Interview: Why NASCAR's Rookie of the Year still isn't satisfied

Image by Cantrall/LAT

Interview: Why NASCAR's Rookie of the Year still isn't satisfied

Insights & Analysis

Interview: Why NASCAR's Rookie of the Year still isn't satisfied

William Byron’s rookie season in the Monster Energy NASCAR Cup Series would grade out at a B – if he were generous.

“There [have] been some things I look back on that are positives, but the competitor inside me wants a lot more,” Byron tells RACER.

Byron, the 21-year-old talent who has quickly risen through the NASCAR ranks, was crowned Sunoco Rookie of the Year over Darrell Wallace Jr. An honor, of course. The first goal to check off the list, and something that Byron says the No. 24 team can look back on.

“I’m really fortunate to be a part of the Cup Series, it’s something that is really special, and I get a chance to race against the best guys each weekend,” he says. “That’s really fun, and I’m enjoying that part of it, for sure.”

However, stepping back to look at year one driving for Hendrick Motorsports from a wide lens, things didn’t unfold precisely as Byron had expected them to. With the 2017 Xfinity Series championship in his pocket, Byron moved up cold turkey, without a single Cup race under his belt. And that was after just one year apiece in the Camping World Truck and Xfinity Series.

Expectations and the belief in him were high, though: a February headline in the Charlotte Observer announced: “NASCAR rookie William Byron could save racing.” And the ROY award was Byron’s third straight at the national level.

After surviving an early crash in the Daytona 500 for a 23rd-place finish, Byron was off to the races. It took until the seventh race of the year at Texas to score his first top-10 finish in the series, and his second came in race 21 at Pocono Raceway. That sixth-place effort would be Byron’s season-best.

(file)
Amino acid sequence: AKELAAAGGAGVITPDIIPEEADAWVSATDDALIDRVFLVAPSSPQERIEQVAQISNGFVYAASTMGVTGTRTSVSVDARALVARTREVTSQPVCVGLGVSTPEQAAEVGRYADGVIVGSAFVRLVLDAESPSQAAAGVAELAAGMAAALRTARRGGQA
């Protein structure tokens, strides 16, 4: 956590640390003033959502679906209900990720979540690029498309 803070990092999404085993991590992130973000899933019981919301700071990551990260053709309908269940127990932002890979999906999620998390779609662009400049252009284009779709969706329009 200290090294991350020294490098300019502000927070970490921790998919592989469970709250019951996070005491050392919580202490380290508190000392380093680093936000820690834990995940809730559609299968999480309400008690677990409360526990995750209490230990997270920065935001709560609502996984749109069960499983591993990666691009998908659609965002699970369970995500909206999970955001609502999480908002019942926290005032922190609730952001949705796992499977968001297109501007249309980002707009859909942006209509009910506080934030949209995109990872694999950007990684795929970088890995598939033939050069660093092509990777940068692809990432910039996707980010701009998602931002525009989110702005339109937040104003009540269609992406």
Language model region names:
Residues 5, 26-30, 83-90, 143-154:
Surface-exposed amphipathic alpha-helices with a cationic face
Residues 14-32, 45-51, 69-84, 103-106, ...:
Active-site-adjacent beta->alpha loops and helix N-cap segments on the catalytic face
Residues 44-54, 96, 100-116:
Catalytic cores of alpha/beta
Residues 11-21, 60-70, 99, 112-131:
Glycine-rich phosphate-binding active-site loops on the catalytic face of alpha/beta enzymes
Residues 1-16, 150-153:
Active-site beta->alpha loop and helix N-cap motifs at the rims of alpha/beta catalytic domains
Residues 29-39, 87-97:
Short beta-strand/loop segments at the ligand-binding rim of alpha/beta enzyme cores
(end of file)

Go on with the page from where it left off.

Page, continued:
“I knew there would be some challenges, or things I’d go through,” says Byron, who ended the year with four top-10 finishes and an average finish of 22.1. “I figured the high spots would be a little higher. The ups and downs have been pretty similar to what I guess I thought we’d go through. But at the same time, [I thought] things that we would accomplish would be a little higher. But ultimately, that is what it is.

“You’ve got to look back on what you’ve done well, and what you haven’t done so well and what you can improve on as a group. As a group, that’s what I think is most important, how you gel and work together.

Byron adapted quickly to his new surroundings. Image by Kinrade/LAT

“I didn’t really set specific goals. There were so many unknowns with just joining the team and everything; I didn’t really know what to expect as far as goals. I was more open-minded. I think competing for wins is what we always set out to do, so I figured there’d be a little bit more of that. But I think it’s going to come in time, and [is] something to look forward to.”

Since 2013, Byron has consistently had success, whether it’s been in Legend Cars and Late Models or K&N, the Truck Series then Xfinity. Competing for wins and championships became second nature: an expectation that leads to a certain mindset.

But in 2018, Byron was back to square one, sitting under the learning tree. Searching for his place while getting a hold on the series, the car, and the competition.